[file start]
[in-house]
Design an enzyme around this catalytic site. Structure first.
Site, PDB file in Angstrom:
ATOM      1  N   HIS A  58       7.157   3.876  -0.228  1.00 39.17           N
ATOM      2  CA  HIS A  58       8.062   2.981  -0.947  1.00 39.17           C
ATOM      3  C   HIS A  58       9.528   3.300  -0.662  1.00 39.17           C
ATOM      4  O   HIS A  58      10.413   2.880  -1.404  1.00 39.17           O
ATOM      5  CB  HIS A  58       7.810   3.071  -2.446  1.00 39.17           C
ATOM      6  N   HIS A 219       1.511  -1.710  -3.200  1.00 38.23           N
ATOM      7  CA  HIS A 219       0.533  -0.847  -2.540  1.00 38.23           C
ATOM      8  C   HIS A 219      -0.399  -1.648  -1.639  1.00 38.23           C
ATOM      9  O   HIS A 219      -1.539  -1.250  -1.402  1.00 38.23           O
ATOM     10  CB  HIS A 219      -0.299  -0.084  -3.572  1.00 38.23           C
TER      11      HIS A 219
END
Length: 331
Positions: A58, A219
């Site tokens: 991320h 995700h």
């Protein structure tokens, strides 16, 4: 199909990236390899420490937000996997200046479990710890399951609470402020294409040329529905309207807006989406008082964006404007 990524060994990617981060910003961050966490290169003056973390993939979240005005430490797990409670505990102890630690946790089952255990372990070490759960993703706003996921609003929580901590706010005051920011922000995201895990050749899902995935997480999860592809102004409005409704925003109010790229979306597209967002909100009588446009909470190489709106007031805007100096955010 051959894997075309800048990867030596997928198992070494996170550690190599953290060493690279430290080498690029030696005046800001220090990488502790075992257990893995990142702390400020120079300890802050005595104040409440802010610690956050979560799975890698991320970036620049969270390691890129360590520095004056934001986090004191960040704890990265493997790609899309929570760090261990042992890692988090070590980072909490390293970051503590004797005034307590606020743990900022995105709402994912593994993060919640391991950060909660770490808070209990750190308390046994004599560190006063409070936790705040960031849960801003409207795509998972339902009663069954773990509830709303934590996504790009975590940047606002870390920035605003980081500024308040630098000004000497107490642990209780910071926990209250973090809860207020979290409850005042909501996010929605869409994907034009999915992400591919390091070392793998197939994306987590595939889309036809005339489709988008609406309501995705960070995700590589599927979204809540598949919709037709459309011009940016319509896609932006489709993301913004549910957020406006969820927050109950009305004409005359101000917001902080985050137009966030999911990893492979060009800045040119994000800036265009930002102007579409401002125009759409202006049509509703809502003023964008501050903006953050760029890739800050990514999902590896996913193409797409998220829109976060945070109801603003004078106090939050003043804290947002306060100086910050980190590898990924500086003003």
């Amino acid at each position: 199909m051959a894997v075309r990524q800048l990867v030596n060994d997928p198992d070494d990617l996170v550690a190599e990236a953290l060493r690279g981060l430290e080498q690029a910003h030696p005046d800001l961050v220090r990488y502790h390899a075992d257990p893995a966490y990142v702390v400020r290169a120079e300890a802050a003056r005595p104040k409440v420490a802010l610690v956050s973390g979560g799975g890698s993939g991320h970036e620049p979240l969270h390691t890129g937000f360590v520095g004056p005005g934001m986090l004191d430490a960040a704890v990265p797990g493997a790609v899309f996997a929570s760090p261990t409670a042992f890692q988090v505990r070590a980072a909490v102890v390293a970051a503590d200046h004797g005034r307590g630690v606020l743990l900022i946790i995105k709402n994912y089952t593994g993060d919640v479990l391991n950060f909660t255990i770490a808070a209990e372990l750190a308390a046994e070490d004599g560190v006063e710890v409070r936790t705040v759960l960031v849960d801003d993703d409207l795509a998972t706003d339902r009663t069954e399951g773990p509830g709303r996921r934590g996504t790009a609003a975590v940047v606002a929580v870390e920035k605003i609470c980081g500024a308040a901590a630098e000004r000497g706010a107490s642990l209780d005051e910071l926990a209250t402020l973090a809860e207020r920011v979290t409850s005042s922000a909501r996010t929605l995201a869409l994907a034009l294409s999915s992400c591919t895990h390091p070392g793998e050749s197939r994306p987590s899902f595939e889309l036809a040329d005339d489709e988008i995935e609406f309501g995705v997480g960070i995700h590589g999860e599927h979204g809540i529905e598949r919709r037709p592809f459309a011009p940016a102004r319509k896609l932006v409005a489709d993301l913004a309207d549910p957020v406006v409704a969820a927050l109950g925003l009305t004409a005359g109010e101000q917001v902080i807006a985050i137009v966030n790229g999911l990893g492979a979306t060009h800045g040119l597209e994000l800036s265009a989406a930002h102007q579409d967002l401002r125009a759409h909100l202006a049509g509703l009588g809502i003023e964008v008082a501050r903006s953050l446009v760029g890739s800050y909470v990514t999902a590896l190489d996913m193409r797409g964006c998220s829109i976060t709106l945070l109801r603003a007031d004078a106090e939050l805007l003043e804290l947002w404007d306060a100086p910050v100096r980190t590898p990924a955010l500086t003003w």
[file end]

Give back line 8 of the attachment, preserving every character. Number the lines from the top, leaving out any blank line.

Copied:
ATOM      5  CB  HIS A  58       7.810   3.071  -2.446  1.00 39.17           C